It's a powerful imaginative idea and works if one doesn't think too hard about it. In their reality nothing has really changed, they can talk, laugh, feel though they may be starting to display some unusual traits and appetites. In the other reality they're incomprehensible, macabre, indestructible; zombies and it's speed, specifically their lack of, that becomes the defining characteristic and the butt of the humour. 'Real', non-infected people appear sped up in movement and speech, and with the camera switched to black and white so we're looking at them as everyone else would the group are full on Romero lurchers. Which perspective / reality is the true one? It doesn't really matter; all that does is the back and forth play when the perspectives do clash.

Despite the inventiveness of the contrast, the actual set pieces and jokes do all too often feel a little laboured or obvious. The guy who's so drunk he can actually communicate with the zombies is a fun throw away idea but to not only repeat the joke but make it the centre of an important ten minute sequence two thirds of the way through has the feel of a writer struggling for ideas and this is the films main problem. I never felt Kohnen fully knew what to do with the great set up he'd come up with; the narrative jump to survival action, zombie-rights three quarters of the way through is most indicative of this.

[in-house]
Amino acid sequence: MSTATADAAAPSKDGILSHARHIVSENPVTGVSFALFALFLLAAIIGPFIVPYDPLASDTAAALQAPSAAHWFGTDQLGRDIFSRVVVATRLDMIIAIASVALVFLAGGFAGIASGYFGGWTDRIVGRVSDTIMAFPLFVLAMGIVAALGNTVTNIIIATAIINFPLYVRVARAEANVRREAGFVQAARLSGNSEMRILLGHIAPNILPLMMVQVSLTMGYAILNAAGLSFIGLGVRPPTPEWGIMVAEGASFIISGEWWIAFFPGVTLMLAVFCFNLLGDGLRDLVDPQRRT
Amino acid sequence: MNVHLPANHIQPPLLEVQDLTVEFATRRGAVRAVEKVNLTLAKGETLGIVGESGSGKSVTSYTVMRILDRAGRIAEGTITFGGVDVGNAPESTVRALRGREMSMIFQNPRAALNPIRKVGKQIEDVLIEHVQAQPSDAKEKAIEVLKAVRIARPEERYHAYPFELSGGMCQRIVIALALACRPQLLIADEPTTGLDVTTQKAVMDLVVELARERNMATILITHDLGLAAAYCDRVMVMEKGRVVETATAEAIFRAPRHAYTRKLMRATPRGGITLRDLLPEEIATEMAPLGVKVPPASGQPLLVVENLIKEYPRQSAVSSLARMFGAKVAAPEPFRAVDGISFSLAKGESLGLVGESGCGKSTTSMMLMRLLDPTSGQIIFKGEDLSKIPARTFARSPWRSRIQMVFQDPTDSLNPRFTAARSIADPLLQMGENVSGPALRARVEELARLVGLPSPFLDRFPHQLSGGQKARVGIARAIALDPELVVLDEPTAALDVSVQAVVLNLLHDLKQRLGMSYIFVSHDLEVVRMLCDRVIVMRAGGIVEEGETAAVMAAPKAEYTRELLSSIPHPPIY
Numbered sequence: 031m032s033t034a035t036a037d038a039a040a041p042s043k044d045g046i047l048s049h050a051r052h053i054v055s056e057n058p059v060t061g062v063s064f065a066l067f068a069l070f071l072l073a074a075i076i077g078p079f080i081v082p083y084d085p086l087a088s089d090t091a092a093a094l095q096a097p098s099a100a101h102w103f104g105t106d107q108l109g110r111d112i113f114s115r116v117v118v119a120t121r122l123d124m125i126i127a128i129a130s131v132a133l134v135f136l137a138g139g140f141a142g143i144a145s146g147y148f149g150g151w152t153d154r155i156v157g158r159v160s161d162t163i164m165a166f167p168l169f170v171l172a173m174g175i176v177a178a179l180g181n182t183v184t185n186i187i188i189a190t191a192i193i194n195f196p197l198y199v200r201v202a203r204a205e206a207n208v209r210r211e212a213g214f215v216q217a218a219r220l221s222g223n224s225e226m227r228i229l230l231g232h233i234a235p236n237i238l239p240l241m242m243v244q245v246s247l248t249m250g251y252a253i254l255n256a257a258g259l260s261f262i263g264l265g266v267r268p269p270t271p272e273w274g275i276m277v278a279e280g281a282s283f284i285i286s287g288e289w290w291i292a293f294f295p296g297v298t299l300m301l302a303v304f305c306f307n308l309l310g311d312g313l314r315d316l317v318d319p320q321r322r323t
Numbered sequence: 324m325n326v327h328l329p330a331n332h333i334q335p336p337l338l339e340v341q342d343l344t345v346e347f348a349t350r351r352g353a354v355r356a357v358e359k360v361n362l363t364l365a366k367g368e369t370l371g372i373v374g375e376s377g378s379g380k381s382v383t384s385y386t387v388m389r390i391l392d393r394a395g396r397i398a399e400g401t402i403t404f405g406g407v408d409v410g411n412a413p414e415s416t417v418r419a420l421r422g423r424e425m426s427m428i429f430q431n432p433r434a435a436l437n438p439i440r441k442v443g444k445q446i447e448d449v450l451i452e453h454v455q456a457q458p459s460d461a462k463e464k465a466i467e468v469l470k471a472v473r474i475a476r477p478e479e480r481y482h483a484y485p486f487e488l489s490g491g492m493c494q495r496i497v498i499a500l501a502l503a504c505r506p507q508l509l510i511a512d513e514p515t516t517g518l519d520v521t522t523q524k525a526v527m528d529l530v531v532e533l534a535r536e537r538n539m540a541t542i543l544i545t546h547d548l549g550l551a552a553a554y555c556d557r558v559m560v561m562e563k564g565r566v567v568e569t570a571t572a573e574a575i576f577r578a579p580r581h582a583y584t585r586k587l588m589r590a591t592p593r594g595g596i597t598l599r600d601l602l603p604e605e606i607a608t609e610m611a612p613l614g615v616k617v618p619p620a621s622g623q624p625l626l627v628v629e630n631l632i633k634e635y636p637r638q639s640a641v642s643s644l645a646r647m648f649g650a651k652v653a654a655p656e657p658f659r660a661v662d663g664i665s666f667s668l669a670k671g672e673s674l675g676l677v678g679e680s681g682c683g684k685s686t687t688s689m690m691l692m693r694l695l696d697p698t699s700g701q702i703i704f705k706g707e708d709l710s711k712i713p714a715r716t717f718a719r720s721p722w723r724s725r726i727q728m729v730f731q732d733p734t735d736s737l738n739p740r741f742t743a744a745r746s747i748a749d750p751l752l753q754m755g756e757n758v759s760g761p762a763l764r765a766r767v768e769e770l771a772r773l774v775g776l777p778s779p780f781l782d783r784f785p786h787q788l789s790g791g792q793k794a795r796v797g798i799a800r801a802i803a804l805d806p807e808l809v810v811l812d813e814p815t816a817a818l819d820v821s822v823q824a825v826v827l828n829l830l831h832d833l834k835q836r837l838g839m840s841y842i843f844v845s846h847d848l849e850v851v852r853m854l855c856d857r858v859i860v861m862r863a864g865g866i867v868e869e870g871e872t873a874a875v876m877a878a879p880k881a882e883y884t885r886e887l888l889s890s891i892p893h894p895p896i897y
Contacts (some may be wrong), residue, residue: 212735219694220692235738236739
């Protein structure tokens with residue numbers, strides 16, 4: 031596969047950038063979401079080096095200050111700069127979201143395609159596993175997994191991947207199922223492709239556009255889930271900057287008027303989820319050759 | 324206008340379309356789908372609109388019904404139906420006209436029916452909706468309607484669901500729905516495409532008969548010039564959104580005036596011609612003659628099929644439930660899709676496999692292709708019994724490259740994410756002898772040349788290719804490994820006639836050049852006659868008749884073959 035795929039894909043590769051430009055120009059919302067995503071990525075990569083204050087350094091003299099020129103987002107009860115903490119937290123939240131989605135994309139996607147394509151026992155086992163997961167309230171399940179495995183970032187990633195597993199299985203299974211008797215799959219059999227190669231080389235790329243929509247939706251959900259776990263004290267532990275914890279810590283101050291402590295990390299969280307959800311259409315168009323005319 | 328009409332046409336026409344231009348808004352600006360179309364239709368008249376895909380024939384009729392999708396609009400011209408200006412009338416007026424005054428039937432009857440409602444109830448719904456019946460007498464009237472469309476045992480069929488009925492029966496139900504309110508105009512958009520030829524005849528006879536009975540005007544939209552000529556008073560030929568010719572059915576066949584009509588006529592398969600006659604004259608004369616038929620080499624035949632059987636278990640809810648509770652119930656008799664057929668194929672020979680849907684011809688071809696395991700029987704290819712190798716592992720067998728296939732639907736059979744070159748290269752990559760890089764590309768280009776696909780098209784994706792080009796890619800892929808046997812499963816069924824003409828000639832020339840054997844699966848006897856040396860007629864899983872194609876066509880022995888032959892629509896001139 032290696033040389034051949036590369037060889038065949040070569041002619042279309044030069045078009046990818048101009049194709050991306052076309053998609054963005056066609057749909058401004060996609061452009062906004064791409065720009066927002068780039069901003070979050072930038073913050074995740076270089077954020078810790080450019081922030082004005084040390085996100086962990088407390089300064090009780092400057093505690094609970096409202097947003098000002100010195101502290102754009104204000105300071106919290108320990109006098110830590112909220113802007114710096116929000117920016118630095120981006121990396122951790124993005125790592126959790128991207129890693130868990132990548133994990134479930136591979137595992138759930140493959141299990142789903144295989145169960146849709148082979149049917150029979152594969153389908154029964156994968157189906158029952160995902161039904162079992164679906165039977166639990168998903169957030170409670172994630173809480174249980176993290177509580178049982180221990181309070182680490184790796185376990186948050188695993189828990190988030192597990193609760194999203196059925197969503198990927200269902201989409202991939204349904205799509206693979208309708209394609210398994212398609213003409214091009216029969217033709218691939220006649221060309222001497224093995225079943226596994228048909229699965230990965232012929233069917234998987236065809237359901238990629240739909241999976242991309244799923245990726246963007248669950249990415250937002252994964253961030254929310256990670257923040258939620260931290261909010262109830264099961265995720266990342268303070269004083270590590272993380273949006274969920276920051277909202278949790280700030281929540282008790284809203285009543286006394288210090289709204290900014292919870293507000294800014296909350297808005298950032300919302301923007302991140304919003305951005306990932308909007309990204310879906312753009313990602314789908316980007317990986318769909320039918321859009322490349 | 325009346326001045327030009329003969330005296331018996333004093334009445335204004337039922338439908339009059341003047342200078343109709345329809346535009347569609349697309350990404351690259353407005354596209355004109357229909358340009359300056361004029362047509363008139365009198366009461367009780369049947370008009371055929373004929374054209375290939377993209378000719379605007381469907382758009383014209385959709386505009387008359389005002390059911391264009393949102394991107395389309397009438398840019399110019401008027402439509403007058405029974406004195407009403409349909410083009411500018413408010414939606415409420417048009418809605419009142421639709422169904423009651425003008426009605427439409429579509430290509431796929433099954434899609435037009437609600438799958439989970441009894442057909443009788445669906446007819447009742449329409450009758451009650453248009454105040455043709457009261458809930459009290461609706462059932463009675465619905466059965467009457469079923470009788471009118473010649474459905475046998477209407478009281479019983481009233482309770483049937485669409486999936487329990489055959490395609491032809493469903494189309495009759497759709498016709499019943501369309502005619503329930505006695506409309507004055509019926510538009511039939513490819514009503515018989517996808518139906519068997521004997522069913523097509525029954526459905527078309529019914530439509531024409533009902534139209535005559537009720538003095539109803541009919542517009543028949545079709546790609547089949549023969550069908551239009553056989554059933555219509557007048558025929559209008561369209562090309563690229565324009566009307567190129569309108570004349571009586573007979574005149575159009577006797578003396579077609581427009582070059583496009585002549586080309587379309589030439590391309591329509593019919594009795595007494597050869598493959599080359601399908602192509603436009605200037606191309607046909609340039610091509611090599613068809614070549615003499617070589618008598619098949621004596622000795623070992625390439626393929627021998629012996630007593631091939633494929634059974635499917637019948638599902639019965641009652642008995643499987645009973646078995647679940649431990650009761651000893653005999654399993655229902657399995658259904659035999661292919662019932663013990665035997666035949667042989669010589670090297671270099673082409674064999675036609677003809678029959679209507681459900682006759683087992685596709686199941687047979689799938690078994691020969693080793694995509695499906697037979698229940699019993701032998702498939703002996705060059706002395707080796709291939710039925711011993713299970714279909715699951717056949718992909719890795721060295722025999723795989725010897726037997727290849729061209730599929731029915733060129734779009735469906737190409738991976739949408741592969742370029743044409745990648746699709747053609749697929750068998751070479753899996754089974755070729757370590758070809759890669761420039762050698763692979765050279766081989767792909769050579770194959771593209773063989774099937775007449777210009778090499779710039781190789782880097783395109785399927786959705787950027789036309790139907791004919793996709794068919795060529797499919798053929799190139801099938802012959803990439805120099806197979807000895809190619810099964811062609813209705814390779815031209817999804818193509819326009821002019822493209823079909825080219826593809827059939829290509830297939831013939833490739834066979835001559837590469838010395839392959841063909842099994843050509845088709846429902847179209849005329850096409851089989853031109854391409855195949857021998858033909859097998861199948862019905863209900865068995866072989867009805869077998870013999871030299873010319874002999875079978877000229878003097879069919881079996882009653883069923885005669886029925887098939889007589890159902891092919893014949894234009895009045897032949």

We're not talking big budget so constant contradictions like background noises being the right (or wrong) depending on perspective speed I was happy to let slide even though they were a little distracting. My biggest grumble was the back and fro regarding the groups conscience. We're supposed to go with the fact that even though to the rest of the world they appear as gut-munching zombies they're really still the same people with empathy and compassion, and their behaviour, dialogue and even the whole ending of the film relies on this. Yet, there's also times, usually implied and off camera, they do actually go full zombie with all the cannibalistic slaughter, gouging and gut munching their appearance assumes. I think we're supposed to either suspend disbelief or assume death comes with a loss of guilt and remorse; but it's never particularly fleshed and it all feels a incongruous.